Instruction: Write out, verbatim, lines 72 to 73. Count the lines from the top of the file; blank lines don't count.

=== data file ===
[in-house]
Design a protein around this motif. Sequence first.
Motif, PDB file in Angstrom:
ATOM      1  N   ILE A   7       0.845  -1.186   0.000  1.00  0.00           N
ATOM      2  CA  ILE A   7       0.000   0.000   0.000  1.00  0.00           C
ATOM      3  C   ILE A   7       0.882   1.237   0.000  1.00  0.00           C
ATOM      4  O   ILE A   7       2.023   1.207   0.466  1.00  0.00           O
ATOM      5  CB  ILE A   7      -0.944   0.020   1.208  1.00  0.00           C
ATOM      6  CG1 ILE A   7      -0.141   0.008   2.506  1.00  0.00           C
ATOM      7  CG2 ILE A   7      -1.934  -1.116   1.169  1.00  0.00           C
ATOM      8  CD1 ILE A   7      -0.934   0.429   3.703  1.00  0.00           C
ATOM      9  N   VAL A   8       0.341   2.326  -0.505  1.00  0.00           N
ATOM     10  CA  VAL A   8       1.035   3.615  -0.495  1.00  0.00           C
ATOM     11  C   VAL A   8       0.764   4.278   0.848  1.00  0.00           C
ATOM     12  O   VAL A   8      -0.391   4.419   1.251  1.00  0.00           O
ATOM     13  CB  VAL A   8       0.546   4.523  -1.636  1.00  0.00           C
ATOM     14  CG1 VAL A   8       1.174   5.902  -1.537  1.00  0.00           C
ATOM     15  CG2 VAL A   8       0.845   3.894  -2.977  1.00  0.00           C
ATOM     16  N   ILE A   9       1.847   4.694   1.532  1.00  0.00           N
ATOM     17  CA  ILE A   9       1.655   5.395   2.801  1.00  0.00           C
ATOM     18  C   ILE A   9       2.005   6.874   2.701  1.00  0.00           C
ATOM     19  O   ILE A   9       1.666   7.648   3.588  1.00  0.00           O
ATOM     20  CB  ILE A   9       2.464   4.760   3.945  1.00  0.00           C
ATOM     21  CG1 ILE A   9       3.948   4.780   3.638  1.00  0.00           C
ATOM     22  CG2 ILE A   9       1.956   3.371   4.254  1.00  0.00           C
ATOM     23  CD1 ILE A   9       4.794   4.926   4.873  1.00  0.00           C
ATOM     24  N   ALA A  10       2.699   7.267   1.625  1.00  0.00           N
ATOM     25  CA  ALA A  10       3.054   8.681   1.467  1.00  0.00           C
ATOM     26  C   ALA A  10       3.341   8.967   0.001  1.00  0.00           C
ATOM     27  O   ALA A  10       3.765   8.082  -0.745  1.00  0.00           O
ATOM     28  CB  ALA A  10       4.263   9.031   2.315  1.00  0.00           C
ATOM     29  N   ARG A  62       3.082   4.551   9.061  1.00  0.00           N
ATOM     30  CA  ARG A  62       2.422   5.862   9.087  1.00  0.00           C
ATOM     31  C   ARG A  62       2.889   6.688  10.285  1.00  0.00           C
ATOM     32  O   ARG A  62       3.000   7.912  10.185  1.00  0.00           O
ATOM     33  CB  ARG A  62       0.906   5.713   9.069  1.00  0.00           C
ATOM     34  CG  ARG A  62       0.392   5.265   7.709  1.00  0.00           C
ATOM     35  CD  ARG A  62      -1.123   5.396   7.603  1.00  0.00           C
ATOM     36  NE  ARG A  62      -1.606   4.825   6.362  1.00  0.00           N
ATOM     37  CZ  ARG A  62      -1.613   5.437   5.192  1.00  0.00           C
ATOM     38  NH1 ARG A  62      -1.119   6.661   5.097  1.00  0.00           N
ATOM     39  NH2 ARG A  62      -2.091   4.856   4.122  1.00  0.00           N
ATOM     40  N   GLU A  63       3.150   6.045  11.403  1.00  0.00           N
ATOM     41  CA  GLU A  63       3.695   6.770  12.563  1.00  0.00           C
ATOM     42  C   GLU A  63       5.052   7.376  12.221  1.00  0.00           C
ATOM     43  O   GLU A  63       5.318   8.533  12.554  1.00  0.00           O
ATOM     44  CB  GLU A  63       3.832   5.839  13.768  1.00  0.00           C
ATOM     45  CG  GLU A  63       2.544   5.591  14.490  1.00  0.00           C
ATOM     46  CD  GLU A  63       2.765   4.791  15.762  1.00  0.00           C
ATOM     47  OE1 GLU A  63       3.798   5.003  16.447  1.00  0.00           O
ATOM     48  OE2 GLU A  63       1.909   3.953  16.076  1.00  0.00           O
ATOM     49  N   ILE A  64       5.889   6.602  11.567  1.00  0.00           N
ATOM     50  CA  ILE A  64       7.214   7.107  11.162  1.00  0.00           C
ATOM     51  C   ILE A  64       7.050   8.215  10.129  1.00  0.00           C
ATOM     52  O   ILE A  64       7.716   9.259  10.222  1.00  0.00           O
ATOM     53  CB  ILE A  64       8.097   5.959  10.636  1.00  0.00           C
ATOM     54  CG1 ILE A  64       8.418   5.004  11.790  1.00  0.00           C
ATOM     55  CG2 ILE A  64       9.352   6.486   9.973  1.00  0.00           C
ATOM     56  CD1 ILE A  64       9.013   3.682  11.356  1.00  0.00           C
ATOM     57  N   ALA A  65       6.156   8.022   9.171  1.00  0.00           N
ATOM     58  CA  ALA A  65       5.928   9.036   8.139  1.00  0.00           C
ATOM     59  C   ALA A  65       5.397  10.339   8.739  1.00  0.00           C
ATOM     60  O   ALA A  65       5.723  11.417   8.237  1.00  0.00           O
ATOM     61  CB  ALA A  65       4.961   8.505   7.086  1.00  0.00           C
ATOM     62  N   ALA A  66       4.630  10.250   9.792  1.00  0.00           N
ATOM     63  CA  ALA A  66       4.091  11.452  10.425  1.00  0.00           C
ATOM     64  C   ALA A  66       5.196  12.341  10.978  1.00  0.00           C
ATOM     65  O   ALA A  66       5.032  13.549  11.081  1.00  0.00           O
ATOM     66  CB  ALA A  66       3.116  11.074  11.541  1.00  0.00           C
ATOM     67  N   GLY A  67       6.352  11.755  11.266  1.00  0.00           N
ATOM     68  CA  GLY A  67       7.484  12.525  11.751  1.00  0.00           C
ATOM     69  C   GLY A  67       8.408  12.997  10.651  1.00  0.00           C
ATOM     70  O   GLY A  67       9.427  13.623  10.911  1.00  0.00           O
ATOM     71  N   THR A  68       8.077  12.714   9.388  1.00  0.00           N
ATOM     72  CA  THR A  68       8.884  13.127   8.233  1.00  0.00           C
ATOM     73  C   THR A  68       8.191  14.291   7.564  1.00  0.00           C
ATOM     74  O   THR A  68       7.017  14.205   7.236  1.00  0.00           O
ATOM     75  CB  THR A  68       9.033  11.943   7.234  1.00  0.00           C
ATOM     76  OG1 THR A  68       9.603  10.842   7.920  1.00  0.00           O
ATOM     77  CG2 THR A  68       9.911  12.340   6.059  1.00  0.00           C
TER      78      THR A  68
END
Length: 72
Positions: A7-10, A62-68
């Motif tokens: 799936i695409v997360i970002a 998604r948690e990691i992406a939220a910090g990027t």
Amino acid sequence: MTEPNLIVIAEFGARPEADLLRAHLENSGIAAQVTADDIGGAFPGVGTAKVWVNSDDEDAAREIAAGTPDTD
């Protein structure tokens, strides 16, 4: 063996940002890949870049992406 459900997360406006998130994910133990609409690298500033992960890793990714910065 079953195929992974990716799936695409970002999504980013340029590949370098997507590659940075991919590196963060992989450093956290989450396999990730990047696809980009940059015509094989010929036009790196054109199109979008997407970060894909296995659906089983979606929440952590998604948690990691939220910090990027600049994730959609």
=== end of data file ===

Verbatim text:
ATOM     69  C   GLY A  67       8.408  12.997  10.651  1.00  0.00           C
ATOM     70  O   GLY A  67       9.427  13.623  10.911  1.00  0.00           O